Following a welcome and some perspective on the state of mobile games advertising from event host, Jeff Colen, Ad Sales & Marketing at Zynga, Lewis Ward, Research Director of Gaming at IDC, shared some background information on smartphone growth and share, consumer spending on games and consumer sentiment for game play by device.
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Lewis noted the growth of the tablet for game play, and in particular the iPad as gamer’s favorite iOS devices. He went on to say that significant demographic differences exist across the various mobile platforms, notably HH income and gender, which have obvious implications for game developers and advertisers. For instance, the IDC study showed a big disposable income gap between iOS and Android, and game play on Kindle Fire skews heavily female.

Defining and sizing smartphone and tablet ads is “tricky due to technology fragmentation and the rapid pace of market innovation and evolution,” said Lewis, and the audience agreed. This is an area where the IAB could work to provide some clarity. 


Source: IDC
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The key takeaway from the Town Hall discussion is that there has been a significant and important shift in just the past year or so and the momentum is building.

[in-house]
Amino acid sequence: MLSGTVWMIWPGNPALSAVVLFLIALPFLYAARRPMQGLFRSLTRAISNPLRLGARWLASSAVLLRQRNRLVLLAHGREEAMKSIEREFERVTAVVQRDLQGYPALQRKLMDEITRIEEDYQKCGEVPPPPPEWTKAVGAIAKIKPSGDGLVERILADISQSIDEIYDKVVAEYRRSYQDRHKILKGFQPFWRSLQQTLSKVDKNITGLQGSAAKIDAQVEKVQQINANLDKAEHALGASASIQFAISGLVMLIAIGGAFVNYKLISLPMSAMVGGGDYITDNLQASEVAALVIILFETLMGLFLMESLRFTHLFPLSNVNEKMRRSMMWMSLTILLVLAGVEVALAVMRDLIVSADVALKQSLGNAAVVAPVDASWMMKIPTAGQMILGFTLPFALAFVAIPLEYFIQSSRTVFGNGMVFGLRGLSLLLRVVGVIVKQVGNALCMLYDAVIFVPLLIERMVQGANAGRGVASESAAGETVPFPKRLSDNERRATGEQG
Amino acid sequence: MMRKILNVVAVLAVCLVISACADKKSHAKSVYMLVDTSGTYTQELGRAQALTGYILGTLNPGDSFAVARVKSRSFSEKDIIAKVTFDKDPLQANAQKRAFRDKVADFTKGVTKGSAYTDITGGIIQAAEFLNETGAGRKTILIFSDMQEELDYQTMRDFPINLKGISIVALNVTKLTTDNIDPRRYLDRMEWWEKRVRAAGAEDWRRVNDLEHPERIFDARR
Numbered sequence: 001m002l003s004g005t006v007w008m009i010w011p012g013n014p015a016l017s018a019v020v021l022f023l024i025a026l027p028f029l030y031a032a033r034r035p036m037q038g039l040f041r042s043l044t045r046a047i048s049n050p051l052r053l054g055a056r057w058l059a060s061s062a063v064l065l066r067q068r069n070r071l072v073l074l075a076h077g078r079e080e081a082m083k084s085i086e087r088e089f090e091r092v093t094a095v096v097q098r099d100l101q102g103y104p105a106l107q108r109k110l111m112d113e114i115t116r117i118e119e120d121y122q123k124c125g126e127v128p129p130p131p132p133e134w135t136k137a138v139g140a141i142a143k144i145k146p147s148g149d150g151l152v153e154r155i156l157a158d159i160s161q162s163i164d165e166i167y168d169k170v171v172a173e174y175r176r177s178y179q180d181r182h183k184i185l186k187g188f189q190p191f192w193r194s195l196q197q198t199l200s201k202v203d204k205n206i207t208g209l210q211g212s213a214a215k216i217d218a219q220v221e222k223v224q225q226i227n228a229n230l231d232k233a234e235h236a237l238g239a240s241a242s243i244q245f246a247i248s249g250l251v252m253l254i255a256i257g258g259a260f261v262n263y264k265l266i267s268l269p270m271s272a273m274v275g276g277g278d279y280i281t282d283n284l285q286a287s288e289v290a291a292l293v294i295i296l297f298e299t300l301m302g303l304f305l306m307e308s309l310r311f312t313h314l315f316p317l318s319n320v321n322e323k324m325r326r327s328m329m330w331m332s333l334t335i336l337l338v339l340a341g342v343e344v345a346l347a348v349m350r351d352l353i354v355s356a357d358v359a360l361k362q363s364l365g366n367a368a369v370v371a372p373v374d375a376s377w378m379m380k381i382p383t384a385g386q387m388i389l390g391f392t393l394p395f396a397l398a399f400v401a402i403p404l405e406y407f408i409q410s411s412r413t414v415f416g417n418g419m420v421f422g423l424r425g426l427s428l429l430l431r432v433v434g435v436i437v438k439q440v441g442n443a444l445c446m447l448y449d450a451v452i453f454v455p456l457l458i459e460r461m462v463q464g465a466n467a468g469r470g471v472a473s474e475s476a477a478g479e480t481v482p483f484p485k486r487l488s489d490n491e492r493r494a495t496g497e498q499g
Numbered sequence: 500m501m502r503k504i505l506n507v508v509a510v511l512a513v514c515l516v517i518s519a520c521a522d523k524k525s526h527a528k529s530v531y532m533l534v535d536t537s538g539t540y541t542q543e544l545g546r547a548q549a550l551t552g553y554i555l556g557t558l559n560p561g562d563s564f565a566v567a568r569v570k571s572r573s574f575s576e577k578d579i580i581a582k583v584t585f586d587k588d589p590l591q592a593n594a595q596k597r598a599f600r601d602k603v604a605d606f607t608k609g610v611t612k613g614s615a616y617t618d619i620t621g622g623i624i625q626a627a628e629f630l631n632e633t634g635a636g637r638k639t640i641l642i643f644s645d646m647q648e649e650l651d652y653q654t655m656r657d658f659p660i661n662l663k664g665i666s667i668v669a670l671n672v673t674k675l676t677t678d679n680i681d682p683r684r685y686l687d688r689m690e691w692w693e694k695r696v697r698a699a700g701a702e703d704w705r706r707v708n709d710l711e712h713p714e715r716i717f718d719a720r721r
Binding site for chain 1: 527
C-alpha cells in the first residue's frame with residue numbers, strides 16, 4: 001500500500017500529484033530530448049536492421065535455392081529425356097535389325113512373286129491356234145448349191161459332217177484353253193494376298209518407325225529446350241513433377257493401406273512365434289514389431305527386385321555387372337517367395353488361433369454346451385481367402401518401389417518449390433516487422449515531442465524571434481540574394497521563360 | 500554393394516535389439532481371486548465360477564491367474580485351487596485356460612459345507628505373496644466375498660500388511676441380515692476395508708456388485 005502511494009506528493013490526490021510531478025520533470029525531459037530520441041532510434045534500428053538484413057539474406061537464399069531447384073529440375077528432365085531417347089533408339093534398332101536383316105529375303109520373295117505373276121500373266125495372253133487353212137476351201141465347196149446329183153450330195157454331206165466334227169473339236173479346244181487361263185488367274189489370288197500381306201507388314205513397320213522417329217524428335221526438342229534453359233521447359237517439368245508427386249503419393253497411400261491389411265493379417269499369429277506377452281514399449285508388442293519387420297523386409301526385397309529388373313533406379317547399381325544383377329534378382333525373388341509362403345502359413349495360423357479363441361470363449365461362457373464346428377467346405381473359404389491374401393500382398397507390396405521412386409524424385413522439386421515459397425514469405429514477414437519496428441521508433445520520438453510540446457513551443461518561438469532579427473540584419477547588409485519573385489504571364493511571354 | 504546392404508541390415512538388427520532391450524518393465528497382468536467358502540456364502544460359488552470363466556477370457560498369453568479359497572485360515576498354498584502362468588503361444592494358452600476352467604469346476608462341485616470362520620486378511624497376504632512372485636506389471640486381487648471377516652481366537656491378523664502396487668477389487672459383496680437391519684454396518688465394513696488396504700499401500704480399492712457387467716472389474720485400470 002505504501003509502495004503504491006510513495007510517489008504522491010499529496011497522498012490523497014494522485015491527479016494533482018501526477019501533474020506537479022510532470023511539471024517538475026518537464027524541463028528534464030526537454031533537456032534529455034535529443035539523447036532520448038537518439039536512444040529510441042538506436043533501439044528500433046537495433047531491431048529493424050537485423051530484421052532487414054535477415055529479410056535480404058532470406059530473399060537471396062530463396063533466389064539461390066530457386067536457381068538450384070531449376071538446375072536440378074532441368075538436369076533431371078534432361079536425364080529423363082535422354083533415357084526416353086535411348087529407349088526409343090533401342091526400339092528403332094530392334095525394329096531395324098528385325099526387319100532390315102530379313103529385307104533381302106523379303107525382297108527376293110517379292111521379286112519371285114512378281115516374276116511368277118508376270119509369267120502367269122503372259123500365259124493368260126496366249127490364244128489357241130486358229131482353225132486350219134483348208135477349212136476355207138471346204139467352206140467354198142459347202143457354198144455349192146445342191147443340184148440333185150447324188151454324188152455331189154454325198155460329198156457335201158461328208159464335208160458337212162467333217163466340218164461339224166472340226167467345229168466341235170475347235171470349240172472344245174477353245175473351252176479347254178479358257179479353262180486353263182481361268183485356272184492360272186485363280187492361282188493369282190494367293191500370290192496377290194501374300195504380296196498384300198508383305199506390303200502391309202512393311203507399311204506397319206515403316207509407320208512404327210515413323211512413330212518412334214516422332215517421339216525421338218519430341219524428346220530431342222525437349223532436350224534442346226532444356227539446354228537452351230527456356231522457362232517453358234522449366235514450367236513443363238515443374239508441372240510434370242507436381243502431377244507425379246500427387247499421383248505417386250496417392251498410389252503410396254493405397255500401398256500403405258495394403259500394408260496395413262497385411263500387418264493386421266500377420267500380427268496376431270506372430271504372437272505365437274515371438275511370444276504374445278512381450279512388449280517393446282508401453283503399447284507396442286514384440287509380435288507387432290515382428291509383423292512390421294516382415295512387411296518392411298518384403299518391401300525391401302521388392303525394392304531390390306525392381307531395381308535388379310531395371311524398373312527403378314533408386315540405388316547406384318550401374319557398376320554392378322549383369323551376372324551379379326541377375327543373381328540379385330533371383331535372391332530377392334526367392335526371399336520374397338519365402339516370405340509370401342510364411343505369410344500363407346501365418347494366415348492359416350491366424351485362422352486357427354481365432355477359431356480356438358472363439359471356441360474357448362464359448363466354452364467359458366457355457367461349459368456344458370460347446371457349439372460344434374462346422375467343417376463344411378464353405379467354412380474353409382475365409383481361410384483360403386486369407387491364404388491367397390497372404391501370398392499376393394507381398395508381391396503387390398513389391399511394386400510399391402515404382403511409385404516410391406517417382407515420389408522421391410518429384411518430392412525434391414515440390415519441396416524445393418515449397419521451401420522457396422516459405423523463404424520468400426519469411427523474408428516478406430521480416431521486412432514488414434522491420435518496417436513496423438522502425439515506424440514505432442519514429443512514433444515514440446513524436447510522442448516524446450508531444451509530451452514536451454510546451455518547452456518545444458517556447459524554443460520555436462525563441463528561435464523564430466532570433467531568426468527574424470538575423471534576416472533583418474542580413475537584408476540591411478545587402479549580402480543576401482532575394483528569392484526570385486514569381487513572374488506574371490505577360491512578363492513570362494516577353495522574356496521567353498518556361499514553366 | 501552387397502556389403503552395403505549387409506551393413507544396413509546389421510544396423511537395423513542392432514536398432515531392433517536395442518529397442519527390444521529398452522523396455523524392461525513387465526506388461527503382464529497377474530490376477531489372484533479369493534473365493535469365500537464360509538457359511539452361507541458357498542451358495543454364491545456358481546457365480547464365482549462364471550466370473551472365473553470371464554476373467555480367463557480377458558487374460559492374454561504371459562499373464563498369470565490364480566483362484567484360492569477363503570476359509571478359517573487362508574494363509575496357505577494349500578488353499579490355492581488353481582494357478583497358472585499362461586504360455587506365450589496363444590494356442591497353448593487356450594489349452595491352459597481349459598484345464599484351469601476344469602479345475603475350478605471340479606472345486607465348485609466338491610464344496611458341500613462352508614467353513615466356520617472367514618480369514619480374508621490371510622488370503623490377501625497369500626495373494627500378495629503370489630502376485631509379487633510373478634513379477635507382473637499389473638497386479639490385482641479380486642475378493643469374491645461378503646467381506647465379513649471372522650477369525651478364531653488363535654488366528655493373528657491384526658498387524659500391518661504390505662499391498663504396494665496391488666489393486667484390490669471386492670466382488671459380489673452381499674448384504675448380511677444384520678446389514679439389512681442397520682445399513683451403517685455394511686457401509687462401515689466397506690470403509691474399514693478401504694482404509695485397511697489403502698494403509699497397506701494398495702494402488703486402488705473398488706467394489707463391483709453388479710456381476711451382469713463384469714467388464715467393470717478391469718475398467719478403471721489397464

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Key Highlights:

  1. Ad format evolution taking place: From advertising that offers player rewards, value exchange video advertising, rich media creative, branded content and more native integration—ads on games are becoming less aggravating—and more frictionless. 
    • There is an overall increased acceptance of advertising among users when advertising is executed in a way that brings value to their experience, is contextually relevant, delivered in a format that is visually appealing or synergistic to their mobile experience. Benjani highlighted inMobi’s focus on “working with studios and brands to create deeply integrated native ad experiences to connect advertisers to audiences globally.”
    • Emotional targeting that is additive to game play (creating value exchange between advertiser and user) tapping into players’ emotions and serving ads in the right place at the right time with the right message is a win for both advertisers and consumers. This allows the brand to be a welcome “hero” for the player, taking part in the user experience and offering players rewards during moments of “achievement” or tips at points of “frustration.”